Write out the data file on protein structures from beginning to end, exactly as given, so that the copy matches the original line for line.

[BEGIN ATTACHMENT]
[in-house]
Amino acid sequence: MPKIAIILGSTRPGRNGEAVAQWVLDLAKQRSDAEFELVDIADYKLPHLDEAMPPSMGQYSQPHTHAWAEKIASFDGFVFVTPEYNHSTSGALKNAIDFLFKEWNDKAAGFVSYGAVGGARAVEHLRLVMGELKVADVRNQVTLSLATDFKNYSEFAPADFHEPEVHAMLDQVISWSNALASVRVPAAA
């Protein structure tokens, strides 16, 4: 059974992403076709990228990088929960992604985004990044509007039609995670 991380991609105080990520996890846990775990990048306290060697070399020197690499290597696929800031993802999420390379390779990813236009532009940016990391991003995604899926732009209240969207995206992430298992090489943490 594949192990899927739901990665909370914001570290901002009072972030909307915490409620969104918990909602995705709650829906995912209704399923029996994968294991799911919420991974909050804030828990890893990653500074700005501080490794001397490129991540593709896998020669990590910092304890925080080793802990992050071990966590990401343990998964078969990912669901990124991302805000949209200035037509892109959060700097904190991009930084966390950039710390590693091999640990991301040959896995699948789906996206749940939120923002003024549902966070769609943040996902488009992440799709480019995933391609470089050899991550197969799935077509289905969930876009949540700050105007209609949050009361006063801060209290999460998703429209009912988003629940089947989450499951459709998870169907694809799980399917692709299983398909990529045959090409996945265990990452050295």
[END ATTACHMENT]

[in-house]
Amino acid sequence: MPKIAIILGSTRPGRNGEAVAQWVLDLAKQRSDAEFELVDIADYKLPHLDEAMPPSMGQYSQPHTHAWAEKIASFDGFVFVTPEYNHSTSGALKNAIDFLFKEWNDKAAGFVSYGAVGGARAVEHLRLVMGELKVADVRNQVTLSLATDFKNYSEFAPADFHEPEVHAMLDQVISWSNALASVRVPAAA
């Protein structure tokens, strides 16, 4: 059974992403076709990228990088929960992604985004990044509007039609995670 991380991609105080990520996890846990775990990048306290060697070399020197690499290597696929800031993802999420390379390779990813236009532009940016990391991003995604899926732009209240969207995206992430298992090489943490 594949192990899927739901990665909370914001570290901002009072972030909307915490409620969104918990909602995705709650829906995912209704399923029996994968294991799911919420991974909050804030828990890893990653500074700005501080490794001397490129991540593709896998020669990590910092304890925080080793802990992050071990966590990401343990998964078969990912669901990124991302805000949209200035037509892109959060700097904190991009930084966390950039710390590693091999640990991301040959896995699948789906996206749940939120923002003024549902966070769609943040996902488009992440799709480019995933391609470089050899991550197969799935077509289905969930876009949540700050105007209609949050009361006063801060209290999460998703429209009912988003629940089947989450499951459709998870169907694809799980399917692709299983398909990529045959090409996945265990990452050295």